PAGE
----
Here are things to know about PFAS.

What are PFAS?

Long Island relies on underground aquifers for drinking water, drilling wells sometimes hundreds of feet deep into water-saturated sand to supply its taps.

That groundwater also has been the landing spot for decades of industrial, commercial, agricultural and residential pollution. That contamination has led to efforts to test and treat water out of concern over possible health effects. A 2019 report from the Albany-based New York Public Interest Research Group found that Long Island had the most emerging contaminants in its drinking water than any other region in the state.

On Long Island, firefighting training sites are known to cause PFAS contamination, but so can inactive landfills, wastewater treatment plants, paper mills and any site that dealt in textiles, said David Andrews, a senior scientist with the Environmental Working Group, a Washington, D.C.-based national nonprofit advocacy organization.

“Because these chemicals have been used in so many different products, and with really little oversight and scrutiny, it turns out that landfill waste in particular can be a significant source of contamination,” Andrews said.

A 2020 study from Andrews’ organization estimates that 200 million Americans are drinking water with detectable levels of PFOS or PFOA, and that 18 million to 80 million are drinking water above New York’s state standard.

Why would PFAS be in private wells?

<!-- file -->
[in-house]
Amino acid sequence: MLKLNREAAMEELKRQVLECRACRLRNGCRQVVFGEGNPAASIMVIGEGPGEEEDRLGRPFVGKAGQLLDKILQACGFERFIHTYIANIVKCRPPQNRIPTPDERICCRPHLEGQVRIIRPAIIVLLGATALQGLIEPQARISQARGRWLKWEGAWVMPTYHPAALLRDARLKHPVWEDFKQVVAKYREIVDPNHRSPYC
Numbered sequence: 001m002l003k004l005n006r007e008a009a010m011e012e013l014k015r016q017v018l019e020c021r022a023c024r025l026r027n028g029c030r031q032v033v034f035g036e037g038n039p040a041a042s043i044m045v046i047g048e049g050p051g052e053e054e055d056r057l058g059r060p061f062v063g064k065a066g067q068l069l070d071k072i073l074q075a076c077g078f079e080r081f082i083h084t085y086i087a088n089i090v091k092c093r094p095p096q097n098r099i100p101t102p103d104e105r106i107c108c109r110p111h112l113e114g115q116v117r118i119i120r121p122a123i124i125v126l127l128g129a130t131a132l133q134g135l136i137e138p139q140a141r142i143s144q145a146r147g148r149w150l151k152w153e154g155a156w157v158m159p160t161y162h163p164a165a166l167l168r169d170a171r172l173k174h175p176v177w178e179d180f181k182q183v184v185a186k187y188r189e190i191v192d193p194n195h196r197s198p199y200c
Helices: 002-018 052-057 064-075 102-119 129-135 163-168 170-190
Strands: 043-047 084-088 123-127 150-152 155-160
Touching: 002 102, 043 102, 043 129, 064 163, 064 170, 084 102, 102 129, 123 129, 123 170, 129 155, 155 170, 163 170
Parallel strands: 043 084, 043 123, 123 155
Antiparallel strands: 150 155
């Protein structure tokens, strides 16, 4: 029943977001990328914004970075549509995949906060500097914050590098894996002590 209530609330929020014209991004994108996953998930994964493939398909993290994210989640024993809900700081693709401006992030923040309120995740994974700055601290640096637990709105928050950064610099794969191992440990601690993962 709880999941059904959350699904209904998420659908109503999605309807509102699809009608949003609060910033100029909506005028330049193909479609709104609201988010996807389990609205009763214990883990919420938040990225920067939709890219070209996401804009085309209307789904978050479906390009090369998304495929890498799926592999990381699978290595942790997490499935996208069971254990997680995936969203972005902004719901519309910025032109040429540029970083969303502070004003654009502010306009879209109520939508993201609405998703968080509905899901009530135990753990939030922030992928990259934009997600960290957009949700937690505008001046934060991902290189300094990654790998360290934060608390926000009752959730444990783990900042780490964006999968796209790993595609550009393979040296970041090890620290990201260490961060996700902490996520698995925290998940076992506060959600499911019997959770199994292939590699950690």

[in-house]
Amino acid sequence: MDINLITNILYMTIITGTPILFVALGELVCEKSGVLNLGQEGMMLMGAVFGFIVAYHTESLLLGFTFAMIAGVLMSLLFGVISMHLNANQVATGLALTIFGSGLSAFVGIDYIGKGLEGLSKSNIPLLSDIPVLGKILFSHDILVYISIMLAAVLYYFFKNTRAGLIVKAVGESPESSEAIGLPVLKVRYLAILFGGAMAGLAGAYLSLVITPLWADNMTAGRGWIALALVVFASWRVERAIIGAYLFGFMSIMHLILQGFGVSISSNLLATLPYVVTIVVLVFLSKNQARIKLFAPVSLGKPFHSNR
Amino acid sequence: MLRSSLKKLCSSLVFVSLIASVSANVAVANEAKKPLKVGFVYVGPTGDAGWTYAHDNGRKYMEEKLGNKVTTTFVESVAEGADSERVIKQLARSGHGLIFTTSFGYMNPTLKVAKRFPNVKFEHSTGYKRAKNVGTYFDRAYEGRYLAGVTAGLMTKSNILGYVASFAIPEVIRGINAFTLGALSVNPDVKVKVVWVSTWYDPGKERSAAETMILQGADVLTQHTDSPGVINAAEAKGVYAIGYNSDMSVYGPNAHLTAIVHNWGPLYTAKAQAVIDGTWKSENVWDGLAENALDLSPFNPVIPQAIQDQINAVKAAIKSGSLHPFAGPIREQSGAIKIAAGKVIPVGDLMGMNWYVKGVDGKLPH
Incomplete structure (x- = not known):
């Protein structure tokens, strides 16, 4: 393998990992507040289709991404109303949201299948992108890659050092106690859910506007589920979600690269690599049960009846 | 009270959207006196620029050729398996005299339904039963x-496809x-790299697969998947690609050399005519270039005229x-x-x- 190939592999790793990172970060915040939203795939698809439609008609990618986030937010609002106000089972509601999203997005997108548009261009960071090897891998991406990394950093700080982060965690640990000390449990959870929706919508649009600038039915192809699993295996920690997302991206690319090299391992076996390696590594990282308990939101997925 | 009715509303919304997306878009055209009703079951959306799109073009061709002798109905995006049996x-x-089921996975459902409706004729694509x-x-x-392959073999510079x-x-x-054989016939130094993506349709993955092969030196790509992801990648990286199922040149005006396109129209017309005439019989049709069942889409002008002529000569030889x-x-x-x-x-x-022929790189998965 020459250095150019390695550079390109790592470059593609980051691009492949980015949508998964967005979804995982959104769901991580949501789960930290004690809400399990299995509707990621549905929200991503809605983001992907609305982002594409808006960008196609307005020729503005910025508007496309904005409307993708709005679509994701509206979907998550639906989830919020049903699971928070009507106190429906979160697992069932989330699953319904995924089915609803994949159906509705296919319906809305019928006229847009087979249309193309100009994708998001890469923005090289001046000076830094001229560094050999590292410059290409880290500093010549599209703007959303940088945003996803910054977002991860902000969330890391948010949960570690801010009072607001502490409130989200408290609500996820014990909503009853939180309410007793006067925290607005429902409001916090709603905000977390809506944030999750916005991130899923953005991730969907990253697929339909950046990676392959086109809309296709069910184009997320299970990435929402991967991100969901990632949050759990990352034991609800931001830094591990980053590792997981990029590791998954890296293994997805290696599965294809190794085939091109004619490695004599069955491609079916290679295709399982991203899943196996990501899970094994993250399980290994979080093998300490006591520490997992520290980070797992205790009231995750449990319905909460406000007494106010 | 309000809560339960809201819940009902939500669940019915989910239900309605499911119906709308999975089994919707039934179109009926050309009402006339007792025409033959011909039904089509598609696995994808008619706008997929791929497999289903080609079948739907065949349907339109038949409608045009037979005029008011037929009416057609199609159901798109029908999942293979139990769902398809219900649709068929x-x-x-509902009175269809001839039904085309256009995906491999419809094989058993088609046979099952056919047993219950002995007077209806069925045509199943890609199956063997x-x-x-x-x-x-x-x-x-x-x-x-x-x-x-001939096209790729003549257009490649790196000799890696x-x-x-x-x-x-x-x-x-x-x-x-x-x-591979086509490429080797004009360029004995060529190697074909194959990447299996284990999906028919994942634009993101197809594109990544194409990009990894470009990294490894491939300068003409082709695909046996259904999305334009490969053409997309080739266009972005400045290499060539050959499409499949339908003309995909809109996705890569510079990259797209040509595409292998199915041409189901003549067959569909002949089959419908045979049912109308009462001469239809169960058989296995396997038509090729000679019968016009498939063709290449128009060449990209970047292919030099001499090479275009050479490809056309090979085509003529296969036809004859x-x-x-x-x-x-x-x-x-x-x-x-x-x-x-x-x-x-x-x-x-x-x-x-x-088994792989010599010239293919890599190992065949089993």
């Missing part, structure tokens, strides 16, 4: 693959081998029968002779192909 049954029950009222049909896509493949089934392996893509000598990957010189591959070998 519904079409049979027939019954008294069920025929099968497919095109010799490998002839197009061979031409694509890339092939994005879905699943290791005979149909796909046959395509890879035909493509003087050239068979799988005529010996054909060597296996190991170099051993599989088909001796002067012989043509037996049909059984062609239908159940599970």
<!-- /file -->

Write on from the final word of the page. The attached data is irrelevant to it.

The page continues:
Private well pollution from lead, bacteria and other contaminants always has been an area of concern, but environmental advocates said PFAS has elevated the issue because the chemicals are more widespread and considered harmful in tiny amounts.

Public water is regularly tested and treated to meet state drinking water standards, while private wells are pumped directly from the ground with no mandate to test or treat.

Suffolk residents who test through a private lab, which the state estimates can cost $300 to $600 per test, and receive a PFAS reading above state drinking water standards should contact the county health department, Kelly-McGovern said.

Thousands of people on Long Island rarely, or, in some cases, never test their private wells, advocates said.

“Ignorance is not bliss. Ignorance is dangerous,” said Adrienne Esposito, executive director of the Farmingdale-based Citizens Campaign for the Environment. “To compound it, most private well owners don’t even know they should have their well tested. I talk to them and they’re like, ‘Well, it tastes good.’ ”

Where has PFAS been found?

New York State has investigated and taken action to remediate PFAS at targeted sites where contaminated groundwater has been discovered since 2016, according to the state Department of Health.